The Twin Cities PCC and Twin Cities Post Offices launched Coats for Kids to benefit the Salvation Army. To date, more than 150 coats and assorted hats, gloves, boots and other winter clothes have been donated.

Thursday, January 21, 2010

Look who's back!

The temperatures outside may have been frightful, but that couldn’t keep more than 50 delightful postal retirees from making their appointed rounds at the 3rd Annual Retirees’ Breakfast at the Topeka, KS, Main Post Office last month.

Current and retired employees relished the opportunity to renew old acquaintances and develop new friendships. The Breakfast is paid for each year by the local social and recreation committee, and donations from current employees.

“It’s a great way of keeping in touch with our retirees,” said Topeka Postmaster B. Steven Pinkerton. “They are a vital link to our past and represent a wealth of knowledge and experience that the Postal Service can draw from as it moves forward.”

"I left this building in December of 1976, and it is good to return and see how it has changed,” said Retiree Bill Miller. “It is still the Post Office, but the operation is a lot different.”

“Thanks for having us again!” said Retiree Jimmy Hinton. “It is good to have a chance to visit with everyone and walk the floor once again."

Once you retire, will you stay in touch with your coworkers? Tell my why...or why not, by clicking here.

Wednesday, January 20, 2010

"Going postal." What do you think about the expression?

"Going postal" has been a part of the American slang vernacular for a number of years. It cropped up after several incidents of postal workplace violence incidents that occurred in the late 80s and early 90s.

Though the Califano Report called the term a myth which gave the Postal Service "a bad rap," the term persisted as a general reference to violence in or outside any workplace. It has been thrown about in a number of cultural references, including movies, books, video games and music.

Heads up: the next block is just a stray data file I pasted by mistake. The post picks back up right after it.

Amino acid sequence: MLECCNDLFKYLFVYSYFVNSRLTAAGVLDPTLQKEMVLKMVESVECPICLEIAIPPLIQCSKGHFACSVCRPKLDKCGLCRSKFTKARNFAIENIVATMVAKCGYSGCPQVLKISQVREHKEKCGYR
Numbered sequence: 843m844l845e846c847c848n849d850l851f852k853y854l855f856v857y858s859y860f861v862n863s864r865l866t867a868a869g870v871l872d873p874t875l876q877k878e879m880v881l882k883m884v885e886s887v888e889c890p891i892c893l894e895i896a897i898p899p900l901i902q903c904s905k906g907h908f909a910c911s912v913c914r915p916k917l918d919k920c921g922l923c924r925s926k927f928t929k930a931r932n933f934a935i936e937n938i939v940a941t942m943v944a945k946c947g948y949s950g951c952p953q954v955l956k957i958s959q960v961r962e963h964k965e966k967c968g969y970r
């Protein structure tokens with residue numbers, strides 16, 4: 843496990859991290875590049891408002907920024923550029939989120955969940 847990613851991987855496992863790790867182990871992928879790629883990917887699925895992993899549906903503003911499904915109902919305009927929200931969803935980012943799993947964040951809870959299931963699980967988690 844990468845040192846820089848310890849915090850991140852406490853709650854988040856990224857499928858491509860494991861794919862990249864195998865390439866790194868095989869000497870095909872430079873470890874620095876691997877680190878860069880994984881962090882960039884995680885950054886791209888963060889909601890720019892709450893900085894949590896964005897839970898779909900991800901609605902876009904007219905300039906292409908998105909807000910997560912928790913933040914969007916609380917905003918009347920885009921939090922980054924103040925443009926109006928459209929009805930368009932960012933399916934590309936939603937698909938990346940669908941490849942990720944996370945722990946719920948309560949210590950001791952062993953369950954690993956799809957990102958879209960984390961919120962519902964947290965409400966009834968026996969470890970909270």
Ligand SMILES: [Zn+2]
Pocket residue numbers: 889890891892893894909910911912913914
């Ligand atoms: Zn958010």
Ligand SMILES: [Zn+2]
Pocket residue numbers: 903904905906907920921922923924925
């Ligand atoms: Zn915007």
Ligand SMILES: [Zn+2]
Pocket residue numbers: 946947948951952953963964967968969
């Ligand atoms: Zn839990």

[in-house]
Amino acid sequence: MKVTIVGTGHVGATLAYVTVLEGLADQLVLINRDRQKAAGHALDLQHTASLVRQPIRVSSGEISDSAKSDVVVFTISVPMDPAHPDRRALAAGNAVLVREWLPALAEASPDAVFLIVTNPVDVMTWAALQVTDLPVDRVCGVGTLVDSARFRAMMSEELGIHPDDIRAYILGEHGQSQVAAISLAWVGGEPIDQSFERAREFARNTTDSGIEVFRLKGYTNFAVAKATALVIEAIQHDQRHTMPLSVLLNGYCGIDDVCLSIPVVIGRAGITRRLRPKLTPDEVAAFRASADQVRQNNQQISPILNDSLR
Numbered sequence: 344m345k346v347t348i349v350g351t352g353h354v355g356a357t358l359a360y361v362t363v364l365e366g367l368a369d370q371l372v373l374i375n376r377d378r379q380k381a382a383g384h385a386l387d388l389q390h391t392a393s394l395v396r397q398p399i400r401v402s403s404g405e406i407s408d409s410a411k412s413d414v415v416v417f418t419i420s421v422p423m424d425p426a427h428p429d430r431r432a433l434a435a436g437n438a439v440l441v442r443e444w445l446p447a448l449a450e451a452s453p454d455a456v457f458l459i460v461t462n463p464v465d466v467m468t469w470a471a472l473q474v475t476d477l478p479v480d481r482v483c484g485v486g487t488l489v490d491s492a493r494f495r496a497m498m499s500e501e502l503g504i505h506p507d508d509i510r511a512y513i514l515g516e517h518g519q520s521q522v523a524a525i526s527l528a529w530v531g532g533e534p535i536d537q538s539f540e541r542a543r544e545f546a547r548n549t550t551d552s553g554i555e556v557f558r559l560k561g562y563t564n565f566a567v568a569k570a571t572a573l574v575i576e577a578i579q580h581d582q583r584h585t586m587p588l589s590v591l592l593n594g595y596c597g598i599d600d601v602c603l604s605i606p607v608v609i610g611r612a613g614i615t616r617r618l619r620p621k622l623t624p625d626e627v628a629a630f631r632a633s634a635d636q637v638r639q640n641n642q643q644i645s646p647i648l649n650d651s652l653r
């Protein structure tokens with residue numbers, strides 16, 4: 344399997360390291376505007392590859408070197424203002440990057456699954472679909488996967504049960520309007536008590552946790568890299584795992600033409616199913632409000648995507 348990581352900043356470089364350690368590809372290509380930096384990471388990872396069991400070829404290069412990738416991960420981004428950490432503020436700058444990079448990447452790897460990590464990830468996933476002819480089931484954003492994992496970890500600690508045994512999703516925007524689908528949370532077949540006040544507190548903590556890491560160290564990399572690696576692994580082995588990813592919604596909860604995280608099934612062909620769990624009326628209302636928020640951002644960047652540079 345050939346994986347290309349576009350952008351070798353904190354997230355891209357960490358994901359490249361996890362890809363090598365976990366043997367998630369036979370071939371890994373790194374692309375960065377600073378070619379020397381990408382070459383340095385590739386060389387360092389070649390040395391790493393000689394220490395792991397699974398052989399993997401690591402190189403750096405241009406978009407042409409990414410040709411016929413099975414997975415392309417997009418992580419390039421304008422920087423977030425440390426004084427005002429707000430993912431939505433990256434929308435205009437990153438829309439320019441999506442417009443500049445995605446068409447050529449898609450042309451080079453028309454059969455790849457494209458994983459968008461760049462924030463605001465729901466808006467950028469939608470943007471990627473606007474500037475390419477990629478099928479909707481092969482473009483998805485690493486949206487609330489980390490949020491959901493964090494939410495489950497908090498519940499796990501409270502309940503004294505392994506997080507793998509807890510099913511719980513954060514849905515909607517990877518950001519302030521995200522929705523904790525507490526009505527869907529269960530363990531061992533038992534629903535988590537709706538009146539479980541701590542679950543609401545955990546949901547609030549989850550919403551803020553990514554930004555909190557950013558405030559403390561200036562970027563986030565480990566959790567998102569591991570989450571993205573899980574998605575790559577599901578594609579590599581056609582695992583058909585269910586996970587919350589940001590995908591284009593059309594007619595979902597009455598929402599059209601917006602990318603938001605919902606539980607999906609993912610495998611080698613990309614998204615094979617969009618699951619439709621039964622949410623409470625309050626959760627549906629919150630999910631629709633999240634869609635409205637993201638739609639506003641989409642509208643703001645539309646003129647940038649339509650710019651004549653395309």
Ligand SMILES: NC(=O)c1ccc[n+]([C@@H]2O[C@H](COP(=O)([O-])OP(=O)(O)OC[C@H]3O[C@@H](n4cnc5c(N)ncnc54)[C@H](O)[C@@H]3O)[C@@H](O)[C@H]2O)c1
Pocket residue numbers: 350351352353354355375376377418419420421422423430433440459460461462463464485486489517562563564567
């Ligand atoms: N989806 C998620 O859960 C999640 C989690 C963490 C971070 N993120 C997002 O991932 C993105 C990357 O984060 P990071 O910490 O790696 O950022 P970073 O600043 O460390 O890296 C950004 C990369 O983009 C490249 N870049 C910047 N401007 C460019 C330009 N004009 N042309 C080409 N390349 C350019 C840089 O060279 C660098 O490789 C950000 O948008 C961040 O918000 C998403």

For many postal employees, the term is the ultimate insult.

But, these days, I’m also seeing the words crop up in other, non-demeaning uses. A chain of mailing centers calls themselves, "Goin' Postal." When we sponsored the U.S. Postal Service bicycle team with Lance Armstrong on the pedals, media and postal communicators used the term as a source of pride.

Some employees are intent on "taking the phrase back," turning it into something positive. "Going Postal" to these people means that the customer has made a choice to use USPS.

The Fredricksburg Star ran an op-ed called, "Going Postal, the right way, every day," that extolled the Postal Service and praised our operation.

So, what do you think about the term? Should USPS adopt it as its own? Fill out the poll on the upper-right corner and click here to leave a comment.

Tuesday, January 19, 2010

Your Postal Podcast #20, now online

Mother Teresa! iPhones! OPRAH!

Hear about all of them on the January 2010 edition of Your Postal Podcast, available now -- just click here:
Our stories this month includes a feature about how to use your iPhone to track packages, as well as a review of this year's new stamps. You'll also hear from a letter carrier recently featured on the Oprah Winfrey Show as a result of her heroic deed.

For a transcript of this, the 20th edition of the podcast produced by USPS Corporate Communications, please click here.

YPP #20, like all previous editions, can be downloaded free from the iTunes store or through any other RSS feeder. Or, simply listen directly from the website.

The Your Postal Podcast Team wants your feedback and story ideas. To reach them, please click here.

What do you think about the podcast? Comment here.

Friday, January 15, 2010

What can postal employees do for Haiti?

PMG Jack Potter sent out a message to all employees, sharing our collective grief over the Haiti tragedy.

"As we begin a new year, I would ask you to keep all those who have lost loved ones, or who are still searching for their loved ones, in your prayers. Tragedies like this, which in the past would have taken weeks or months for us to learn about, demonstrate how small our world has become and how fragile we all are."

He also encourages employees to help.
"Many local and national charities are hard at work providing relief to the victims of this disaster. I would encourage you, if you see fit, to work with your local disaster relief groups to provide financial support so helpful to those people of the world in desperate need."